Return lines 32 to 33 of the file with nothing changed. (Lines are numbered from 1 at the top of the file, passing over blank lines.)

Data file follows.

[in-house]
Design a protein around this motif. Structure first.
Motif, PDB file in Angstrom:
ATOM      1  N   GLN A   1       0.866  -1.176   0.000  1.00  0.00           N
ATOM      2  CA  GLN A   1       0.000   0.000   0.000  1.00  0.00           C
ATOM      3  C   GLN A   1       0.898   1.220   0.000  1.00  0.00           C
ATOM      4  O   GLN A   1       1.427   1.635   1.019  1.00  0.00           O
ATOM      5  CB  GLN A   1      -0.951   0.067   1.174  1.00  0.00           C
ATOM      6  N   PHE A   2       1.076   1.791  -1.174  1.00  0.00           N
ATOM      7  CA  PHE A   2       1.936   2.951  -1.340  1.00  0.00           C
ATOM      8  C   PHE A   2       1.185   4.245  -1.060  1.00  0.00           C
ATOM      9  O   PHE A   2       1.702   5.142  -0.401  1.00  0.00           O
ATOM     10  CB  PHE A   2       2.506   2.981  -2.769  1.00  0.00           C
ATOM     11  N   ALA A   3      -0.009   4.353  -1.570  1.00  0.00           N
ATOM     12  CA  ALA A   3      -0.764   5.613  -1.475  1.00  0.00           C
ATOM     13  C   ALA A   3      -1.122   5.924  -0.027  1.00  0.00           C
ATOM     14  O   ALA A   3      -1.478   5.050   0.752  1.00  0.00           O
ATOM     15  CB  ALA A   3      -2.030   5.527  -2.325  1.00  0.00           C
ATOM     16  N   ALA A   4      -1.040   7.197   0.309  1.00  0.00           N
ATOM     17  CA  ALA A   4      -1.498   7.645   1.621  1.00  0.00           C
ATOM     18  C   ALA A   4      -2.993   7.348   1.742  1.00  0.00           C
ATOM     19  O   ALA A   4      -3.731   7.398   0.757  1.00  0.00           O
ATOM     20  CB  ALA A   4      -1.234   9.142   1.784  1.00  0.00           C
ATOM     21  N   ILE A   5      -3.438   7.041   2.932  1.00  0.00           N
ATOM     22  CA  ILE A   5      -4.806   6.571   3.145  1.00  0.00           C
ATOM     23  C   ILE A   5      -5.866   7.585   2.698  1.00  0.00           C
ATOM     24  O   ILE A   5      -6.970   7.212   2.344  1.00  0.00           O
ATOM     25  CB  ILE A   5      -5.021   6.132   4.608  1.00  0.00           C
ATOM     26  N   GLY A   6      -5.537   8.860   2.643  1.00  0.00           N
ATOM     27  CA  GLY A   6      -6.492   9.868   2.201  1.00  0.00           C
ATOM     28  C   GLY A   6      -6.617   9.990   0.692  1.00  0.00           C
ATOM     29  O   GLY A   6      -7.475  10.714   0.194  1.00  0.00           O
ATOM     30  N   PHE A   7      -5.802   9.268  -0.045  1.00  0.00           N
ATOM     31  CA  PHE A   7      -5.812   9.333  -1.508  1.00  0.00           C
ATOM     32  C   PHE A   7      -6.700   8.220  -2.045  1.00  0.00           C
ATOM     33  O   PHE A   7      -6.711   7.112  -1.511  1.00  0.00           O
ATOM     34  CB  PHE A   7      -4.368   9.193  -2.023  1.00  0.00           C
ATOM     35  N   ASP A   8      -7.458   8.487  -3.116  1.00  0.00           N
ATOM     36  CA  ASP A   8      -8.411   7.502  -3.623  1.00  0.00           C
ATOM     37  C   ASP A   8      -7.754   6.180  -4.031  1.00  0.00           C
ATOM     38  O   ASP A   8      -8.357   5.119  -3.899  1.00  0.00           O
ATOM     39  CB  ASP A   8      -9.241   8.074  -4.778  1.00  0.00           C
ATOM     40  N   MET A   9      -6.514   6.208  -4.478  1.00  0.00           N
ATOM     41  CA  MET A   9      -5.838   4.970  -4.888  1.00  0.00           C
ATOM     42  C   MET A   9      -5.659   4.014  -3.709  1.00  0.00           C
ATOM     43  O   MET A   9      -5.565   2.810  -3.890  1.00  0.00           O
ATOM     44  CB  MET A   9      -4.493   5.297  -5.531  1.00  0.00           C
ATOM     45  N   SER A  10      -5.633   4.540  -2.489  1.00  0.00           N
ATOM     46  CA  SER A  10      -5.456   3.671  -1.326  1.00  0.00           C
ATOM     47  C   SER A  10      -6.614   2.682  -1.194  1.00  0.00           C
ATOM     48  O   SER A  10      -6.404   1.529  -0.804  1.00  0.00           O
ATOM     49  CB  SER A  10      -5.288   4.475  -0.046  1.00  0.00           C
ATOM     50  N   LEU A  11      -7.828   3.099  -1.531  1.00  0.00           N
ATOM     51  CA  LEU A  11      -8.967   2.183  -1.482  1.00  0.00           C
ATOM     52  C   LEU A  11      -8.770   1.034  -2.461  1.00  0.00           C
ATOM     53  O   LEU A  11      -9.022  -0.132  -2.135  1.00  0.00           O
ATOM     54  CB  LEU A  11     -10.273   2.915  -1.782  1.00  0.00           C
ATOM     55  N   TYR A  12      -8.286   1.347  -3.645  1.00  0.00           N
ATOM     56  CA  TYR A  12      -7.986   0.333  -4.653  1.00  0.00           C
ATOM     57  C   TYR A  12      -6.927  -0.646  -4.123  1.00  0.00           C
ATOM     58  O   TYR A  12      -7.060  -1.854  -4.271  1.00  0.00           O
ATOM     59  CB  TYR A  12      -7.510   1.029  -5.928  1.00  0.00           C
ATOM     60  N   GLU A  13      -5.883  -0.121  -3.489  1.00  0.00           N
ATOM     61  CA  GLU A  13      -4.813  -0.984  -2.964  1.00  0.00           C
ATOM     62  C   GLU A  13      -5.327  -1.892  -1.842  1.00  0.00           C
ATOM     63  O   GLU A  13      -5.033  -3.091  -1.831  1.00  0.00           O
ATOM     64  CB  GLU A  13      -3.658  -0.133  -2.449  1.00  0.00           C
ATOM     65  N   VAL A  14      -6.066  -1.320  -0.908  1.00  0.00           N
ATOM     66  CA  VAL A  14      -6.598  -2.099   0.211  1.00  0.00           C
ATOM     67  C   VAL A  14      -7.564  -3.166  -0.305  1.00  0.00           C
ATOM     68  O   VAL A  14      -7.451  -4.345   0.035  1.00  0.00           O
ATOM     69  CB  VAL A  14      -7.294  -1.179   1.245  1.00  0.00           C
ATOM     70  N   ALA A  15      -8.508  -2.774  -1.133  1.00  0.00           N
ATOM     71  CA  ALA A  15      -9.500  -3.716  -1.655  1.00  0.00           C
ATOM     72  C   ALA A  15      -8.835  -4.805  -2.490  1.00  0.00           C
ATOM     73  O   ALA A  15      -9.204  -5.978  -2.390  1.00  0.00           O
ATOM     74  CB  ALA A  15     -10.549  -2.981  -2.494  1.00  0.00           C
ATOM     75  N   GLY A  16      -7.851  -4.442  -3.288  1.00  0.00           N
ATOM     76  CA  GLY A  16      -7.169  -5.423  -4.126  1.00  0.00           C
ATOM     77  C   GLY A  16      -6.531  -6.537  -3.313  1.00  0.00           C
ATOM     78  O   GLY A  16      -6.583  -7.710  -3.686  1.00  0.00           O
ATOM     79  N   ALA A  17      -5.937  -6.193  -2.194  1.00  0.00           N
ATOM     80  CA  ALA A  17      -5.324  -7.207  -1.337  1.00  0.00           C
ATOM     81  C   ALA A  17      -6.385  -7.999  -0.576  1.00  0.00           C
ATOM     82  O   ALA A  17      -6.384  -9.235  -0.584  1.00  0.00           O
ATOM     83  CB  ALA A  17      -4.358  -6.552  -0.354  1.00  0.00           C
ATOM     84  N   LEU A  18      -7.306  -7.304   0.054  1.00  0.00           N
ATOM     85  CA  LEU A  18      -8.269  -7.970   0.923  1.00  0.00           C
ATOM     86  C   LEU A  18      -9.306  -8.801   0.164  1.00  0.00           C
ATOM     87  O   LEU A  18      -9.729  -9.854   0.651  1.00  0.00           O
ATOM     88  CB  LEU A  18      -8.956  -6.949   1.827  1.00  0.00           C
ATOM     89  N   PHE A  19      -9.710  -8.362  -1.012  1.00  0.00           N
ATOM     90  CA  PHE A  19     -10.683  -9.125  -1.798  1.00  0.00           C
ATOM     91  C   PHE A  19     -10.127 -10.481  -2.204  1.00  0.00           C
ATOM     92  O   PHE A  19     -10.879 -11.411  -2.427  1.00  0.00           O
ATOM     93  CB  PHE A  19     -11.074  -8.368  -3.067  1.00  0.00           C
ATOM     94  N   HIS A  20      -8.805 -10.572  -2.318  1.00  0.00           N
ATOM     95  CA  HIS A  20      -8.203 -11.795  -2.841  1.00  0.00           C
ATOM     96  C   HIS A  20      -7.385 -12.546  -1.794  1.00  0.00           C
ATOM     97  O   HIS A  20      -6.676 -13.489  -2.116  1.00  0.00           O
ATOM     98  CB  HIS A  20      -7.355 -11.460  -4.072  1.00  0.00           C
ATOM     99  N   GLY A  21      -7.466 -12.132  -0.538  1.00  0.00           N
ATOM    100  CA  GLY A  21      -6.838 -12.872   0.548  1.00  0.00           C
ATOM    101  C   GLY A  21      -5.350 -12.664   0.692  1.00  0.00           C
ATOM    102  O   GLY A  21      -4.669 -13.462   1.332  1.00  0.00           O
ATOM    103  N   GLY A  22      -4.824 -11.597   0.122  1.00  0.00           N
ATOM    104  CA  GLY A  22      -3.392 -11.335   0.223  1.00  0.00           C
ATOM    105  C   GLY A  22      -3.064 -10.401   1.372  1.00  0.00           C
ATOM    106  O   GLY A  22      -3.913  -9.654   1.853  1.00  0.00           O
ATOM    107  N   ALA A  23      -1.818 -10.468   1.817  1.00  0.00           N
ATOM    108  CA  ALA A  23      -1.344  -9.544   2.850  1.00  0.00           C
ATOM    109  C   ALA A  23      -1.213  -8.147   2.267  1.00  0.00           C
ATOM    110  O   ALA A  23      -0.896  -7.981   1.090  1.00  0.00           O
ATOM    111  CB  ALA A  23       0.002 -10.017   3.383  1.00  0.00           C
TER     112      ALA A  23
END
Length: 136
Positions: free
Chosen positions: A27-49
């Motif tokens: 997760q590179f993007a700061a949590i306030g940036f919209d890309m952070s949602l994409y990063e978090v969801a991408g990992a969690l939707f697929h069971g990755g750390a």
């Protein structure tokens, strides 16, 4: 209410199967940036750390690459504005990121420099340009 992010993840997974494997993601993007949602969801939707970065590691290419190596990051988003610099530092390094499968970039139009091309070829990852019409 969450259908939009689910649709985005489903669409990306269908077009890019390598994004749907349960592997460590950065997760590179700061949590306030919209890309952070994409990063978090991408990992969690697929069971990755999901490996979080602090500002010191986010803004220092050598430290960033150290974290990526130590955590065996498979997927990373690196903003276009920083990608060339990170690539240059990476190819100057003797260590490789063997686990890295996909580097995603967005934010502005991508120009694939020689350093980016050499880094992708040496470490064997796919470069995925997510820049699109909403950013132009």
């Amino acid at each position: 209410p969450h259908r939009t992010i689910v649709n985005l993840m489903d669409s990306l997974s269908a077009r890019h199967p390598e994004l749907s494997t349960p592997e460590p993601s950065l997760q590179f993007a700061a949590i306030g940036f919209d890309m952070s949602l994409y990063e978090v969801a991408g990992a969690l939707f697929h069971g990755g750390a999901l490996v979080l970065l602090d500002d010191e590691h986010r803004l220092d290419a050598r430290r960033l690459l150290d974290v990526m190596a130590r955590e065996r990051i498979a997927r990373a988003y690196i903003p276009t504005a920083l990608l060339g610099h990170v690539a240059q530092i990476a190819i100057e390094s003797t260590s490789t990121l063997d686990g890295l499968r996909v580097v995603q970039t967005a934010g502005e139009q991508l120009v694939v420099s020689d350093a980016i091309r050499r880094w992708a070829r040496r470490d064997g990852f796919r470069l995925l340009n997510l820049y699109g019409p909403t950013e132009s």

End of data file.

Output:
ATOM     29  O   GLY A   6      -7.475  10.714   0.194  1.00  0.00           O
ATOM     30  N   PHE A   7      -5.802   9.268  -0.045  1.00  0.00           N